Critically-acclaimed People, Places and Things at Cambridge Arts Theatre
People, Places & Things director Jeremy Herrin gives an insight into tackling a powerful play which looks at addiction and rehab.
Following a critically-acclaimed season at the National Theatre and in the West End, People, Places & Things is currently being performed in Cambridge as part of a UK tour.
The play follows Emma, a women who was having the time of her life, but has taken a fall and is now in rehab.
However, People, Places & Things writer Duncan Macmillan has created a complex character – Emma has lost all touch with herself and must remember who she is. Even if she doesn’t like that person. And she needs to admit that she has a problem.
Loved the London critics, the play is showing until Saturday (November 25) at Cambridge Arts Theatre.
Tickets: £24-£39. Box office: 01223 503333 or cambridgeartstheatre.com.
Jeremy, why did you decide to take People, Places & Things on tour?
I think it’s important to share this story around the country. It made such an impact when we did it before that, as a national touring company, Headlong should invest in getting the show out and about.
Tell us a little bit about the play.
It’s a tale of one woman’s battle with addiction. She’s a challenging person who happens to be an actress. Her struggle to survive involves her addressing fundamental questions about who she is, but who is that?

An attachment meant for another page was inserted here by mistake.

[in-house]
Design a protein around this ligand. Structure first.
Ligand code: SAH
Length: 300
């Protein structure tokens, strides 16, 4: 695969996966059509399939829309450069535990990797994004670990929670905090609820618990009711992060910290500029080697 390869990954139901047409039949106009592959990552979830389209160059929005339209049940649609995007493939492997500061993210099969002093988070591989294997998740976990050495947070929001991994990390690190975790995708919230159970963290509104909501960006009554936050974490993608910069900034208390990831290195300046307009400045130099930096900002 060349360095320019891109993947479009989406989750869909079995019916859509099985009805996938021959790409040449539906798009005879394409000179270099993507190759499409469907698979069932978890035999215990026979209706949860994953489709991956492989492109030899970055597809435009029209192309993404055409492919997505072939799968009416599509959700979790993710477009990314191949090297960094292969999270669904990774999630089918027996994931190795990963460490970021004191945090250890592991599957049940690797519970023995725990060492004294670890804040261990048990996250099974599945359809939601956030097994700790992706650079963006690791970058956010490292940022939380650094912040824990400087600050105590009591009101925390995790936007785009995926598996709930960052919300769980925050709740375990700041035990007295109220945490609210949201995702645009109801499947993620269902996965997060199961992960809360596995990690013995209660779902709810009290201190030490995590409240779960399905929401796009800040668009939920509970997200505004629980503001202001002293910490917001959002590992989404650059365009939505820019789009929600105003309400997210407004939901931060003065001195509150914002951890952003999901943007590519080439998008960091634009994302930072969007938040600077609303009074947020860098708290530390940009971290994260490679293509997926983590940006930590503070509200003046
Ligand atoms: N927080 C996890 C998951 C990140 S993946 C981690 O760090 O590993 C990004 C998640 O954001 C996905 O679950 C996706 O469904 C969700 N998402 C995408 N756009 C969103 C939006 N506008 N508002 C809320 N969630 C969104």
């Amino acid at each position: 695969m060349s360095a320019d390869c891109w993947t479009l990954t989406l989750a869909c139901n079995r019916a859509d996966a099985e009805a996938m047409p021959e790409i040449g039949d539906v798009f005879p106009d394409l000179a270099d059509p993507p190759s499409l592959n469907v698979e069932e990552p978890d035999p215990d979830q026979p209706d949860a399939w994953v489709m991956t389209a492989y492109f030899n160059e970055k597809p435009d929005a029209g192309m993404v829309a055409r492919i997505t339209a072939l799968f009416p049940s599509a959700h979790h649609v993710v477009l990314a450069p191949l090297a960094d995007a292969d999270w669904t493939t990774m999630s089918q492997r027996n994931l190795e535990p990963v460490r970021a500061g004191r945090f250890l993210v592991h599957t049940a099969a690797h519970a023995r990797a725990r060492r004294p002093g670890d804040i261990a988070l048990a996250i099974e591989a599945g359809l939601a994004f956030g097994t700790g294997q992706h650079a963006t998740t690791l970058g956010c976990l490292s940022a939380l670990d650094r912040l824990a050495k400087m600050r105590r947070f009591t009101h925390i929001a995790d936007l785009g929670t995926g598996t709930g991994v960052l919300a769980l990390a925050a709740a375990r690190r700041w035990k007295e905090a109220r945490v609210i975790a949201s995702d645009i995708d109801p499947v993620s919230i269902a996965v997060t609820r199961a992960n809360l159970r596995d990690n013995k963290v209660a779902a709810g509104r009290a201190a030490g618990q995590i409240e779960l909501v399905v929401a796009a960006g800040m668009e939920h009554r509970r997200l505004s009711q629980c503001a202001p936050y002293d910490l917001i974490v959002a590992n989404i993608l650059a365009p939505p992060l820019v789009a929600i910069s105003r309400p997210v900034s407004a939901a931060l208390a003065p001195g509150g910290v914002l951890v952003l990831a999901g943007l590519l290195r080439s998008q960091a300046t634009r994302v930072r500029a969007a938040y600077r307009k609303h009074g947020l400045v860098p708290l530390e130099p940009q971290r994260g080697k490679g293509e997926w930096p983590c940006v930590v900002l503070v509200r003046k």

Why is addiction an important story to bring to audiences across the country?
If people aren’t directly affected by it, they know someone who is. We can all relate to a direct or indirect degree.
People, Places & Things was originally a piece of new-writing commissioned by Headlong. What initially attracted you to Duncan Macmillan’s script?
Its humanity, its intellectual rigour, its jokes, its opportunity for great performances, its thrills, its theatricality, its soulfulness, its wisdom.
Who do you think this production will appeal to in particular?
Everyone will get something out of it: first-time theatre goers as well as regular attendees. Older audiences will appreciate the conflicts and tensions in the piece and youngsters will enjoy how visceral and explosive it is. And vice versa.
The characters in this production are complex. What do you hope that the new cast will bring out of the production?
Their own insights and truths, to find their own ways of communicating the power of this piece.
What do you hope audiences will take away from this production?
A sense that theatre is the most entertaining and lively way to grapple with complex subjects. That whether we are addicts or not we all understand Emma’s contradictions. Her will to survive and overcome her obstacles speaks to us all about the challenges we face in life and how we all hope to survive with dignity and self-respect.